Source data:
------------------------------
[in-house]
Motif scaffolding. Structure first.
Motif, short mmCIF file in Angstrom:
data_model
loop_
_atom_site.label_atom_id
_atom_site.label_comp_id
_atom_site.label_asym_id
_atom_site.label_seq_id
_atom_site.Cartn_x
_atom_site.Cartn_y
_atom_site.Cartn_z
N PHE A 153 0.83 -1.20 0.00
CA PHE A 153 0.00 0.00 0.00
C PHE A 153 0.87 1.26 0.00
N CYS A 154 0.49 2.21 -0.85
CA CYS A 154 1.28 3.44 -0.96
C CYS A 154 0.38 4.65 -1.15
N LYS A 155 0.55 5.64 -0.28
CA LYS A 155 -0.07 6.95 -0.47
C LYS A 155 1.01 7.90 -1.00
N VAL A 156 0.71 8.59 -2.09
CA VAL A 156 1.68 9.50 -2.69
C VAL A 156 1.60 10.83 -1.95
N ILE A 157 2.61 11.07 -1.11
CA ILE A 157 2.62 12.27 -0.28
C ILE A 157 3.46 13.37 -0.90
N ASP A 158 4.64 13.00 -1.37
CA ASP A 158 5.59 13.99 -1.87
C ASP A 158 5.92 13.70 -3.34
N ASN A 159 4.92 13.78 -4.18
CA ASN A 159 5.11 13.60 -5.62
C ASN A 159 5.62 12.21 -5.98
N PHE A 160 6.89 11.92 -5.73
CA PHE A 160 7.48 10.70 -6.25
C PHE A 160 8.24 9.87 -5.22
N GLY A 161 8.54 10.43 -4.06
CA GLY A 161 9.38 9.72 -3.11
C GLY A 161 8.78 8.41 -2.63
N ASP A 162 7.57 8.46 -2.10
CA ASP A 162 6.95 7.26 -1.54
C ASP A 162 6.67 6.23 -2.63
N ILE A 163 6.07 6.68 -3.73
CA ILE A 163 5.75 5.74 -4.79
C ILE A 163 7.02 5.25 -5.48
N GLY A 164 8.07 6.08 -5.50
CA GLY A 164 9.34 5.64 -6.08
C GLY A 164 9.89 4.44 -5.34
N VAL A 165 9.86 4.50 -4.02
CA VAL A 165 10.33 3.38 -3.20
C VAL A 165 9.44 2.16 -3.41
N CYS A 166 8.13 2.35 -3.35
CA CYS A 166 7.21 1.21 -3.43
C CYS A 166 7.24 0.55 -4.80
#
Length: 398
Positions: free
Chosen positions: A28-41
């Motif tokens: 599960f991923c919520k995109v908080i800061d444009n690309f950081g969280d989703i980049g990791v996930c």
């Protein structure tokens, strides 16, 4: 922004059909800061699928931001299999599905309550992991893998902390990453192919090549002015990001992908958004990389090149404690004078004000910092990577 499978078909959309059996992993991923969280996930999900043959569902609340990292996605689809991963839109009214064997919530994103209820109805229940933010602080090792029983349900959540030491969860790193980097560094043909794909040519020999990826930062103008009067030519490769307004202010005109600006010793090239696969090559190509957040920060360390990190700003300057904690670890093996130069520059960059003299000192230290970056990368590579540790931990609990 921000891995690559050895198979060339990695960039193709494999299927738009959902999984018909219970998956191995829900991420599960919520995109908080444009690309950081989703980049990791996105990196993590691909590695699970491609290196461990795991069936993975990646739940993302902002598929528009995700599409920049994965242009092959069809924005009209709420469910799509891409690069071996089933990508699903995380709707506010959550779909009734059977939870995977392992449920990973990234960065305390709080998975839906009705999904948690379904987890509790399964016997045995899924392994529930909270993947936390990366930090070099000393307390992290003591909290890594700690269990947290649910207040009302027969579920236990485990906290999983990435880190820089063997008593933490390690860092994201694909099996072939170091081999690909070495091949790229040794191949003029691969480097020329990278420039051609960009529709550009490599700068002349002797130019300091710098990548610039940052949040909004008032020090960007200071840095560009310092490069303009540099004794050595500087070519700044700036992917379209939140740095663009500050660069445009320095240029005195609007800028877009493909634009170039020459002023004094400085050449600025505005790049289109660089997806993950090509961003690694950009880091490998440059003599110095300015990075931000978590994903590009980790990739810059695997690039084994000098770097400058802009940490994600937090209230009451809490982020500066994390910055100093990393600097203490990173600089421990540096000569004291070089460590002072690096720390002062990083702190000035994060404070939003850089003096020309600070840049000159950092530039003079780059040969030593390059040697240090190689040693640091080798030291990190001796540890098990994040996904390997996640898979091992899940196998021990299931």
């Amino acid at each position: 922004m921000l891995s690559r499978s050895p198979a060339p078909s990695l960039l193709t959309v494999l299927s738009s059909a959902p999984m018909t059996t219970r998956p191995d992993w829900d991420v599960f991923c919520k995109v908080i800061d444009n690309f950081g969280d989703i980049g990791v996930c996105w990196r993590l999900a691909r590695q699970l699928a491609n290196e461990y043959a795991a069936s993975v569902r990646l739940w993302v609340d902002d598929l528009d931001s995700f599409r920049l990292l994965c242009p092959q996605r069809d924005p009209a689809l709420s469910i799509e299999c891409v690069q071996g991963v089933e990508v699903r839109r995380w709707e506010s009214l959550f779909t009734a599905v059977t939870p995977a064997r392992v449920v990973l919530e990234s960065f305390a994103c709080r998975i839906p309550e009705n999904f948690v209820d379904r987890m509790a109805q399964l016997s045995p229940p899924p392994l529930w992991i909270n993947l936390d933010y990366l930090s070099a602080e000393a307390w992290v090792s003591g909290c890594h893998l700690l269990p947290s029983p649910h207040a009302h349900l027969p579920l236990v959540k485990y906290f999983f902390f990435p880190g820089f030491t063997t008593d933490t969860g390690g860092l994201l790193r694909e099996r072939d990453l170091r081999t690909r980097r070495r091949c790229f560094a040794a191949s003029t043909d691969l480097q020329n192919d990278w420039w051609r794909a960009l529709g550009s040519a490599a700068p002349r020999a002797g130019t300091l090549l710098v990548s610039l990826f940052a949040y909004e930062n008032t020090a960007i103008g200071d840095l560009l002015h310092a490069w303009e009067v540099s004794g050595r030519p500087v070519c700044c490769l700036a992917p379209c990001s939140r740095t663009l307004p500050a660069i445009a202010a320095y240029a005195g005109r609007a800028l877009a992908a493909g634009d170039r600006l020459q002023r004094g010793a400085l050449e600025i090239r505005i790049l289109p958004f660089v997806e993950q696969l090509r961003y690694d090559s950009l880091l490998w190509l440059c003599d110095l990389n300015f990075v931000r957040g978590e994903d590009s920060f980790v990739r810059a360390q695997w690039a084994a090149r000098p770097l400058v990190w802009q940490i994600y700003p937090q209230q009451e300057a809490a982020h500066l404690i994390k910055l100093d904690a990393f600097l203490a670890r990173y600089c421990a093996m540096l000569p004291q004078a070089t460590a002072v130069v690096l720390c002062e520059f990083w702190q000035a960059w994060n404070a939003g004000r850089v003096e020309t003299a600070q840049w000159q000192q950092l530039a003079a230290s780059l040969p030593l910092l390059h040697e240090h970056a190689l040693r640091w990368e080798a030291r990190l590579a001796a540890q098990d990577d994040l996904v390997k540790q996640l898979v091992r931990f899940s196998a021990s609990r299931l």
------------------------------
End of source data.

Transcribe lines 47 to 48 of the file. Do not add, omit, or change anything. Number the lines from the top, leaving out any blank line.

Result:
CA GLY A 164 9.34 5.64 -6.08
C GLY A 164 9.89 4.44 -5.34